Alberta Court of Appeal finds the federal Impact Assessment Act unconstitutional
Today, the Alberta Court of Appeal released its decision in the Reference re. Impact Assessment Act, 2022 ABCA 165, finding that the Impact Assessment Act and Physical Activities Regulations (the Act and Regulations) were unconstitutional in their entirety. The Act and Regulations represented the federal government's most recent attempt at creating an environmental impact assessment regime, replacing the Canadian Environmental Assessment Act of 2012.
The Court ultimately found that the Act and Regulations were a significant federal overreach into provincial affairs that went well beyond previous environmental legislation that the Supreme Court had upheld in cases like Friends of the Oldman River Society v. Canada (Minister of Transport).
In particular, the Court found that the Act and Regulations effectively granted the federal government a veto over projects that were wholly within provincial jurisdiction, by allowing the federal executive to unilaterally designate projects as designated projects and then to put them on hold until the federal government had determined whether the project was in the public interest. This was something not found in previous environmental legislation and effectively provided the federal government with a mechanism to intervene in virtually any project anywhere in Canada.
Unlike previous environmental legislation, there was no requirement that there be a nexus with federal constitutional authority for the federal government to exercise its powers under the Act and Regulations. This meant that the federal government was free to intervene in any project, including those that had no connection with the federal powers and were wholly located within one province. In the Court's findings, this could create endless loops of delay that would effectively scuttle major projects.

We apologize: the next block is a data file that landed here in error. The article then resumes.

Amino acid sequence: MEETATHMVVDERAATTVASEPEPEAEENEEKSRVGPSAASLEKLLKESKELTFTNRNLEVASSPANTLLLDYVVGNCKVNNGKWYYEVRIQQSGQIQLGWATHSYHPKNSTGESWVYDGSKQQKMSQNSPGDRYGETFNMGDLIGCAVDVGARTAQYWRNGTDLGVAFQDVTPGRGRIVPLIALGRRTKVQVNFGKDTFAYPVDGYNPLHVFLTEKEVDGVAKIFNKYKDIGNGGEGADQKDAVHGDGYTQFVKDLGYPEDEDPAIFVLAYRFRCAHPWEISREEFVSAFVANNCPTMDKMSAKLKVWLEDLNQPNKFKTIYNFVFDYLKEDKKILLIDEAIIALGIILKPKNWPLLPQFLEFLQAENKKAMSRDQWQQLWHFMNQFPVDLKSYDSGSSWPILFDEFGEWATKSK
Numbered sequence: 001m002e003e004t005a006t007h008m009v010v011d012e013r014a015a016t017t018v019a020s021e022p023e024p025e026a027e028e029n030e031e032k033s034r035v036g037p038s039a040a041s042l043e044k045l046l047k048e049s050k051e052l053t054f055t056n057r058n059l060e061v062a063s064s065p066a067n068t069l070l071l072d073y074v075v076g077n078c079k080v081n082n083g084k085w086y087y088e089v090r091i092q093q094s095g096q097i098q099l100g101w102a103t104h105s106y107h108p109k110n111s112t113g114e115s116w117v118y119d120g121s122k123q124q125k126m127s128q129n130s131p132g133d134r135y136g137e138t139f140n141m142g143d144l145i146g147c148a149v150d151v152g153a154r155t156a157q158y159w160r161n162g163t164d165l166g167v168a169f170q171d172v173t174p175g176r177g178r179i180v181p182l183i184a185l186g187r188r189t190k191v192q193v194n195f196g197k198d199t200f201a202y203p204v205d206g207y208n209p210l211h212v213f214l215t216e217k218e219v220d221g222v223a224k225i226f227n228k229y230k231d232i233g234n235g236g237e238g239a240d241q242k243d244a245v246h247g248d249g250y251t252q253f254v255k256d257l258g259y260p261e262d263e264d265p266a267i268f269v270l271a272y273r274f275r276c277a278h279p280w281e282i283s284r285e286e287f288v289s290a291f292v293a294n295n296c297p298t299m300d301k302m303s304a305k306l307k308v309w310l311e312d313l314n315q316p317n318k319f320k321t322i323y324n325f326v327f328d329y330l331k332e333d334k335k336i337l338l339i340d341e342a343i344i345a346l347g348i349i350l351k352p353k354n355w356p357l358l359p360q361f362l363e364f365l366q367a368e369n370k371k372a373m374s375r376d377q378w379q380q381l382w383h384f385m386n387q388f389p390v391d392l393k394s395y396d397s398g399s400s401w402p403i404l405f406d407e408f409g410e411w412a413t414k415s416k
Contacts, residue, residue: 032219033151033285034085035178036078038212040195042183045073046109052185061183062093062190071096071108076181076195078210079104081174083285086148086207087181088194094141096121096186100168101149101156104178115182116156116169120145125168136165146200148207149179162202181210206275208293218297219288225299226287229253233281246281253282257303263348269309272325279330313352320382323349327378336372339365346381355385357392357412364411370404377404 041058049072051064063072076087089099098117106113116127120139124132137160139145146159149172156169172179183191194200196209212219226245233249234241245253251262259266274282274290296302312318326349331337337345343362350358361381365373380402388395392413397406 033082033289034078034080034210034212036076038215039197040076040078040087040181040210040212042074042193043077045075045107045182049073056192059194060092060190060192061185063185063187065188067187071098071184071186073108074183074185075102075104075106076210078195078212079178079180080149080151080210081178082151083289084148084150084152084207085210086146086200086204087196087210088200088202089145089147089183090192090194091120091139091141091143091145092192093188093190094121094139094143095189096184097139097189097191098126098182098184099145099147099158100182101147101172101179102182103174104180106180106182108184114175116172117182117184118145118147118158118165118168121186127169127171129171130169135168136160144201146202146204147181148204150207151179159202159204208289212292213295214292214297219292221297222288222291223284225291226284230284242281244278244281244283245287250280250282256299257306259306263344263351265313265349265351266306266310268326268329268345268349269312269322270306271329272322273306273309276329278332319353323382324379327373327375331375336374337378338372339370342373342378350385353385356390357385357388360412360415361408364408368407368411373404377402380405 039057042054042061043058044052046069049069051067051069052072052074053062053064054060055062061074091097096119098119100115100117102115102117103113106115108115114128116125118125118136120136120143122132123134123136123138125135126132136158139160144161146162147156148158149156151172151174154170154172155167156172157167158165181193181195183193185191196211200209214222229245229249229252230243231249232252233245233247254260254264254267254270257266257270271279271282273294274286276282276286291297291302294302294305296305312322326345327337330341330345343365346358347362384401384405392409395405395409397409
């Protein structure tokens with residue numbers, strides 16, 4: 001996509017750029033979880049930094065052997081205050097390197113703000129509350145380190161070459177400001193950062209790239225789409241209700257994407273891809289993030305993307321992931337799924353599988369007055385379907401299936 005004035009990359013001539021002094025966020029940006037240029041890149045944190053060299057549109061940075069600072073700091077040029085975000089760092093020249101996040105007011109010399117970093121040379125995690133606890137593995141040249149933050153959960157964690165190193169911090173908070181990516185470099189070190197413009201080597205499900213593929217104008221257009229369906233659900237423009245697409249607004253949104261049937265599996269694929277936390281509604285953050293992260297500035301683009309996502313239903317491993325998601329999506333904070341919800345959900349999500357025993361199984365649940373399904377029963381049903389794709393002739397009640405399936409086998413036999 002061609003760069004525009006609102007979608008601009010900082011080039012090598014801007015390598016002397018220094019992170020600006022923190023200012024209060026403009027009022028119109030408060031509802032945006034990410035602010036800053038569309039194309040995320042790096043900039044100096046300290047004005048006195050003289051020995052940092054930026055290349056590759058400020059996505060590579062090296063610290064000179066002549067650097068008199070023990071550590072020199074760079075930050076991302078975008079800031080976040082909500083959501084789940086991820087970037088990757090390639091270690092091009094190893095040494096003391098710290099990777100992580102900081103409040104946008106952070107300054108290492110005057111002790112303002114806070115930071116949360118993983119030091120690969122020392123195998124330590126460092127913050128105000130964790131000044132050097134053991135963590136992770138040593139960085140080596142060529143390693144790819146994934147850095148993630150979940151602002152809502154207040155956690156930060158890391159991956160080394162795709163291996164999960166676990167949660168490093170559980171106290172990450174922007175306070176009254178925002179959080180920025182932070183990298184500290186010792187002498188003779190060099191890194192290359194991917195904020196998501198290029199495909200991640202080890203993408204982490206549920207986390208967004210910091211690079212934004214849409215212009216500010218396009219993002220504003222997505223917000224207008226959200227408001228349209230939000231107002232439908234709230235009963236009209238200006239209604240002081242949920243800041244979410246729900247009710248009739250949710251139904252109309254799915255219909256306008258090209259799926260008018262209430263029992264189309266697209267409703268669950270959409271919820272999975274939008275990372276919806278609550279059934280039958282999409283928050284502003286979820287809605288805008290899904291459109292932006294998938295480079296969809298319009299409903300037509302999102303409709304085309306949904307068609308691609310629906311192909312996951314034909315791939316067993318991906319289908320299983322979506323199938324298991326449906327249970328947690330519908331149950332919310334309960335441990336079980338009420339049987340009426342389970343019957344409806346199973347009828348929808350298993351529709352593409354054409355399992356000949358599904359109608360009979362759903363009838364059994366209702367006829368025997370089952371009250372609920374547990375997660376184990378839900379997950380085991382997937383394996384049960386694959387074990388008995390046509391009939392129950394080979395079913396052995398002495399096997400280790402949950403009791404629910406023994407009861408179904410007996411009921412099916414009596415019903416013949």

Finally, the Court of Appeal recognized the importance of section 92(A) of the Constitution, which was introduced in 1982, and grants Alberta and Saskatchewan the right to manage their own natural resources. The Court found that allowing the type of federal veto contemplated in the Act and Regulations would effectively gut that constitutional provision.
The Court of Appeal has authored a strong defence of provincial powers in the face of federal overreach. While this decision will ultimately end up at the Supreme Court of Canada, the Alberta Court of Appeal has provided an important and well-reasoned decision with respect to the limits of federal power in regard to environmental legislation.
If you have any questions about the decision, reach out to Rob Martz.